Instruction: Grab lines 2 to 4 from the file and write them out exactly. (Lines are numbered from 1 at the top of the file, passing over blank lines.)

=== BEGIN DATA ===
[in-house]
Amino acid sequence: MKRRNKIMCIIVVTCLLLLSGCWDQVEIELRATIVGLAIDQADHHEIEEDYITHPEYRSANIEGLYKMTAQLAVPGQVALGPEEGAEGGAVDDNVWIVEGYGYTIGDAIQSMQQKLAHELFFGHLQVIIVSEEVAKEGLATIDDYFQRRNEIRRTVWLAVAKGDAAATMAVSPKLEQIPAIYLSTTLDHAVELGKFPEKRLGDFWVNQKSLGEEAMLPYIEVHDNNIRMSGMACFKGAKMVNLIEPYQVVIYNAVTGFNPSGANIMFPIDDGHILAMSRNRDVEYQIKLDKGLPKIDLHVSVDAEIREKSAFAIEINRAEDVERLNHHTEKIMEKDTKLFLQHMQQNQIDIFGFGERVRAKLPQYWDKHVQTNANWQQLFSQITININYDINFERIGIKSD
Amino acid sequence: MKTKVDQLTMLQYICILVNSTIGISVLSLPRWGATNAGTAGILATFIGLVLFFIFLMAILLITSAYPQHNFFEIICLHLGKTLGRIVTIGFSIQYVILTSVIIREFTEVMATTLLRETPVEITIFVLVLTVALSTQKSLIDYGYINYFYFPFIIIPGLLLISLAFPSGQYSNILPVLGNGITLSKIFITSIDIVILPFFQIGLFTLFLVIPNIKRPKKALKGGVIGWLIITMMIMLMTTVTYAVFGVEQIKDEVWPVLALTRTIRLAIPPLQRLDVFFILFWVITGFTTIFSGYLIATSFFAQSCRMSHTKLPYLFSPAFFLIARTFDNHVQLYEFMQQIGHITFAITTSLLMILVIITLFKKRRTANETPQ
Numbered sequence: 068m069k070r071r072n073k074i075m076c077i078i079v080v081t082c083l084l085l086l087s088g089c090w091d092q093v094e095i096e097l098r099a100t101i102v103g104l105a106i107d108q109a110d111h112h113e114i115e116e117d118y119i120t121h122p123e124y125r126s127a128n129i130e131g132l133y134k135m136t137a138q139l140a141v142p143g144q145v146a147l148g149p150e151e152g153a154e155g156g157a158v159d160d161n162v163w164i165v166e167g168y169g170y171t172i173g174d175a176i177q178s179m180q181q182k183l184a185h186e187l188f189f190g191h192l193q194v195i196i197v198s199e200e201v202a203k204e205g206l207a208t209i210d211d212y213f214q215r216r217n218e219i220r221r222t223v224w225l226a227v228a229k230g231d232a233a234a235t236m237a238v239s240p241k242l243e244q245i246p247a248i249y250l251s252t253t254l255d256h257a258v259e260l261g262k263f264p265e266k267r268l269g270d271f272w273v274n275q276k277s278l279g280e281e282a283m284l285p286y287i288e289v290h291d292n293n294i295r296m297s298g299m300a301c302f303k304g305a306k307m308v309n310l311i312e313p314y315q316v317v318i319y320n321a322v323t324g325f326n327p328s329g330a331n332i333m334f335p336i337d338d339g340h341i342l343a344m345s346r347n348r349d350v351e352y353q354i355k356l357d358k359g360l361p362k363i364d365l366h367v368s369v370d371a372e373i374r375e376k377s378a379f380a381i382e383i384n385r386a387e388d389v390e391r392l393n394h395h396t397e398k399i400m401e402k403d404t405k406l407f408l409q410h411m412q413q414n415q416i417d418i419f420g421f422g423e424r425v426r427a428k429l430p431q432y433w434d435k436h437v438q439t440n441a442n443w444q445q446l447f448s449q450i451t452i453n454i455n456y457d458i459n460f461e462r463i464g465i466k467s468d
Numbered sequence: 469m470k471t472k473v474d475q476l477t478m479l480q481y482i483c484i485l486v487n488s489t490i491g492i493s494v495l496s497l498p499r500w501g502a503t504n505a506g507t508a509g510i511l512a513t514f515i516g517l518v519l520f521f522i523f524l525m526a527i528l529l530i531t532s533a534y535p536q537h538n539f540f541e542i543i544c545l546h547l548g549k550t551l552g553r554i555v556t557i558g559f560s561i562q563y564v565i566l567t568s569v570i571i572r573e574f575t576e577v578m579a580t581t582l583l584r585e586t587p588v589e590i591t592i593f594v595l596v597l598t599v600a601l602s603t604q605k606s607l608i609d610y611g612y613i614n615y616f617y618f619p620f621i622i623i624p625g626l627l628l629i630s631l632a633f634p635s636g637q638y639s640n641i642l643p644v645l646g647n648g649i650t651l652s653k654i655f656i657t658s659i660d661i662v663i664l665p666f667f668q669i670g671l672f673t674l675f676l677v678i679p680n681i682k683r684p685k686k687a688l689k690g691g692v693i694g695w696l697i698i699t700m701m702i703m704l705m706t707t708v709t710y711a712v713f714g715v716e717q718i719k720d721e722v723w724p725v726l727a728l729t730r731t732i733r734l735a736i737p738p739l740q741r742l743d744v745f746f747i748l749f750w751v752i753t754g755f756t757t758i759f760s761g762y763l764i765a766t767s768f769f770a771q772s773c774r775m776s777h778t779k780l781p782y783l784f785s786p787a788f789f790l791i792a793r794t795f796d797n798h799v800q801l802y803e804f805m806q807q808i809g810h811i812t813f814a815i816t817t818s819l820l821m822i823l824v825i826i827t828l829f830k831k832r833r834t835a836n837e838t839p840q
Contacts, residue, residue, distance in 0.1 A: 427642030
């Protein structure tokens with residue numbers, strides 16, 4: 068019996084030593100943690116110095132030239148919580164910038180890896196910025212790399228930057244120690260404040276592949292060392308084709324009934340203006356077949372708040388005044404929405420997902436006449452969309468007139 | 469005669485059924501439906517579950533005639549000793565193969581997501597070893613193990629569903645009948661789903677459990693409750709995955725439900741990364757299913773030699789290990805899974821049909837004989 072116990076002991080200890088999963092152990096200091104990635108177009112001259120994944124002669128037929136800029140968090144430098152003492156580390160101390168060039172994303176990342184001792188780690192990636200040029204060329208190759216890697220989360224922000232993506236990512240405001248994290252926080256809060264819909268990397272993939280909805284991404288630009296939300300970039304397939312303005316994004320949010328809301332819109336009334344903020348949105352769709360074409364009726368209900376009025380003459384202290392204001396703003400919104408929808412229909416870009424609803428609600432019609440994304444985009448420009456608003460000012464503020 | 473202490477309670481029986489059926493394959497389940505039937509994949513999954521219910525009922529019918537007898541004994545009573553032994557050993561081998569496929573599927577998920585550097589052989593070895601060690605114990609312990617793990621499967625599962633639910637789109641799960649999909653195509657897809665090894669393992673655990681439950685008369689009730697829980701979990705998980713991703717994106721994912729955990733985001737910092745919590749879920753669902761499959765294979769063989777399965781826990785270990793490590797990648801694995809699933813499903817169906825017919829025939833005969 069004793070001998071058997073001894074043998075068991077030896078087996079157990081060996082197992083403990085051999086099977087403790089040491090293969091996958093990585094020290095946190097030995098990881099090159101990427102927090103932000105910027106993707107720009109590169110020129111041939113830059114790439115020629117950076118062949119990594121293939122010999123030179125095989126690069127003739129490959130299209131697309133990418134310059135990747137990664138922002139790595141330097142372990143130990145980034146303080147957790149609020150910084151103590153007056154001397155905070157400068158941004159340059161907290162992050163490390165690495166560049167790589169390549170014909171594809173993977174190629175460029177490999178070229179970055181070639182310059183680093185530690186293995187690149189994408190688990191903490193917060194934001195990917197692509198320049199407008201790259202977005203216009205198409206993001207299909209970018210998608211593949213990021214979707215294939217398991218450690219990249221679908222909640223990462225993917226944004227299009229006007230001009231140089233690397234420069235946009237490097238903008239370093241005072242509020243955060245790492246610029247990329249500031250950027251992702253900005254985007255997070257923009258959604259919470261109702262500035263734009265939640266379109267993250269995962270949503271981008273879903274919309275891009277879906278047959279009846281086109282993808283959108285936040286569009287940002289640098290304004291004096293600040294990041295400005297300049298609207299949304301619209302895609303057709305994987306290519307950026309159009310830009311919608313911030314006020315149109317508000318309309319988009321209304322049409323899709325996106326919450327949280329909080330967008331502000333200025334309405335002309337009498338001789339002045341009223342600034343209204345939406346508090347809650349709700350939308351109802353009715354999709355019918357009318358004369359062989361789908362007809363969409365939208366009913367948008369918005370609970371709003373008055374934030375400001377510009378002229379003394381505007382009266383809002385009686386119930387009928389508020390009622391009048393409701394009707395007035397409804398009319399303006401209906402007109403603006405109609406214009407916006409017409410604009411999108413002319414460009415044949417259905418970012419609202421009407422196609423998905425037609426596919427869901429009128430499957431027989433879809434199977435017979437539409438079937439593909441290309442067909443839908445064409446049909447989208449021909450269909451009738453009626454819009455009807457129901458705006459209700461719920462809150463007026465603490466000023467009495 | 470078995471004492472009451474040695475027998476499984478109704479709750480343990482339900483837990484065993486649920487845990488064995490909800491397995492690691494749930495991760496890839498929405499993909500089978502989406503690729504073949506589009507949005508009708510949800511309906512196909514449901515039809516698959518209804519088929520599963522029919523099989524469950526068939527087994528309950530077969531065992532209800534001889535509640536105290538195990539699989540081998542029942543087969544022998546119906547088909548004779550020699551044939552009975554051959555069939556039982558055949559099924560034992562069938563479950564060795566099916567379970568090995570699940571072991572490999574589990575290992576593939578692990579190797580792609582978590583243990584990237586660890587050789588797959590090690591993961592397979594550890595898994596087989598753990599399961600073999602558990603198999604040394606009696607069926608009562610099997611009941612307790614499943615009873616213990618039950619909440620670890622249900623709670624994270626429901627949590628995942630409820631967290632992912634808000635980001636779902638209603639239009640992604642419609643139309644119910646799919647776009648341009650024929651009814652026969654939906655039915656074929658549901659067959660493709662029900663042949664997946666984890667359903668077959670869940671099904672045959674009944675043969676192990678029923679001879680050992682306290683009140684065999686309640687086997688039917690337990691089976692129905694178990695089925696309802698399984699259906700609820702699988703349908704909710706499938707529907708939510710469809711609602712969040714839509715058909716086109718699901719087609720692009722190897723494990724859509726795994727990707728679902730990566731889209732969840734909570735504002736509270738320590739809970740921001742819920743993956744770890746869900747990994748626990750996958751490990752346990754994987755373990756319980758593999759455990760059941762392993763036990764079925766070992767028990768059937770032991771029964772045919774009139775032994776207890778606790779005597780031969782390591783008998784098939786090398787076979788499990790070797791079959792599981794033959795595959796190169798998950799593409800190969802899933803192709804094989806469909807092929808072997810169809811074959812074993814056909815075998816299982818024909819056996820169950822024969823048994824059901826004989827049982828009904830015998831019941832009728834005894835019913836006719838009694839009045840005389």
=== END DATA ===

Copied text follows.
Amino acid sequence: MKRRNKIMCIIVVTCLLLLSGCWDQVEIELRATIVGLAIDQADHHEIEEDYITHPEYRSANIEGLYKMTAQLAVPGQVALGPEEGAEGGAVDDNVWIVEGYGYTIGDAIQSMQQKLAHELFFGHLQVIIVSEEVAKEGLATIDDYFQRRNEIRRTVWLAVAKGDAAATMAVSPKLEQIPAIYLSTTLDHAVELGKFPEKRLGDFWVNQKSLGEEAMLPYIEVHDNNIRMSGMACFKGAKMVNLIEPYQVVIYNAVTGFNPSGANIMFPIDDGHILAMSRNRDVEYQIKLDKGLPKIDLHVSVDAEIREKSAFAIEINRAEDVERLNHHTEKIMEKDTKLFLQHMQQNQIDIFGFGERVRAKLPQYWDKHVQTNANWQQLFSQITININYDINFERIGIKSD
Amino acid sequence: MKTKVDQLTMLQYICILVNSTIGISVLSLPRWGATNAGTAGILATFIGLVLFFIFLMAILLITSAYPQHNFFEIICLHLGKTLGRIVTIGFSIQYVILTSVIIREFTEVMATTLLRETPVEITIFVLVLTVALSTQKSLIDYGYINYFYFPFIIIPGLLLISLAFPSGQYSNILPVLGNGITLSKIFITSIDIVILPFFQIGLFTLFLVIPNIKRPKKALKGGVIGWLIITMMIMLMTTVTYAVFGVEQIKDEVWPVLALTRTIRLAIPPLQRLDVFFILFWVITGFTTIFSGYLIATSFFAQSCRMSHTKLPYLFSPAFFLIARTFDNHVQLYEFMQQIGHITFAITTSLLMILVIITLFKKRRTANETPQ
Numbered sequence: 068m069k070r071r072n073k074i075m076c077i078i079v080v081t082c083l084l085l086l087s088g089c090w091d092q093v094e095i096e097l098r099a100t101i102v103g104l105a106i107d108q109a110d111h112h113e114i115e116e117d118y119i120t121h122p123e124y125r126s127a128n129i130e131g132l133y134k135m136t137a138q139l140a141v142p143g144q145v146a147l148g149p150e151e152g153a154e155g156g157a158v159d160d161n162v163w164i165v166e167g168y169g170y171t172i173g174d175a176i177q178s179m180q181q182k183l184a185h186e187l188f189f190g191h192l193q194v195i196i197v198s199e200e201v202a203k204e205g206l207a208t209i210d211d212y213f214q215r216r217n218e219i220r221r222t223v224w225l226a227v228a229k230g231d232a233a234a235t236m237a238v239s240p241k242l243e244q245i246p247a248i249y250l251s252t253t254l255d256h257a258v259e260l261g262k263f264p265e266k267r268l269g270d271f272w273v274n275q276k277s278l279g280e281e282a283m284l285p286y287i288e289v290h291d292n293n294i295r296m297s298g299m300a301c302f303k304g305a306k307m308v309n310l311i312e313p314y315q316v317v318i319y320n321a322v323t324g325f326n327p328s329g330a331n332i333m334f335p336i337d338d339g340h341i342l343a344m345s346r347n348r349d350v351e352y353q354i355k356l357d358k359g360l361p362k363i364d365l366h367v368s369v370d371a372e373i374r375e376k377s378a379f380a381i382e383i384n385r386a387e388d389v390e391r392l393n394h395h396t397e398k399i400m401e402k403d404t405k406l407f408l409q410h411m412q413q414n415q416i417d418i419f420g421f422g423e424r425v426r427a428k429l430p431q432y433w434d435k436h437v438q439t440n441a442n443w444q445q446l447f448s449q450i451t452i453n454i455n456y457d458i459n460f461e462r463i464g465i466k467s468d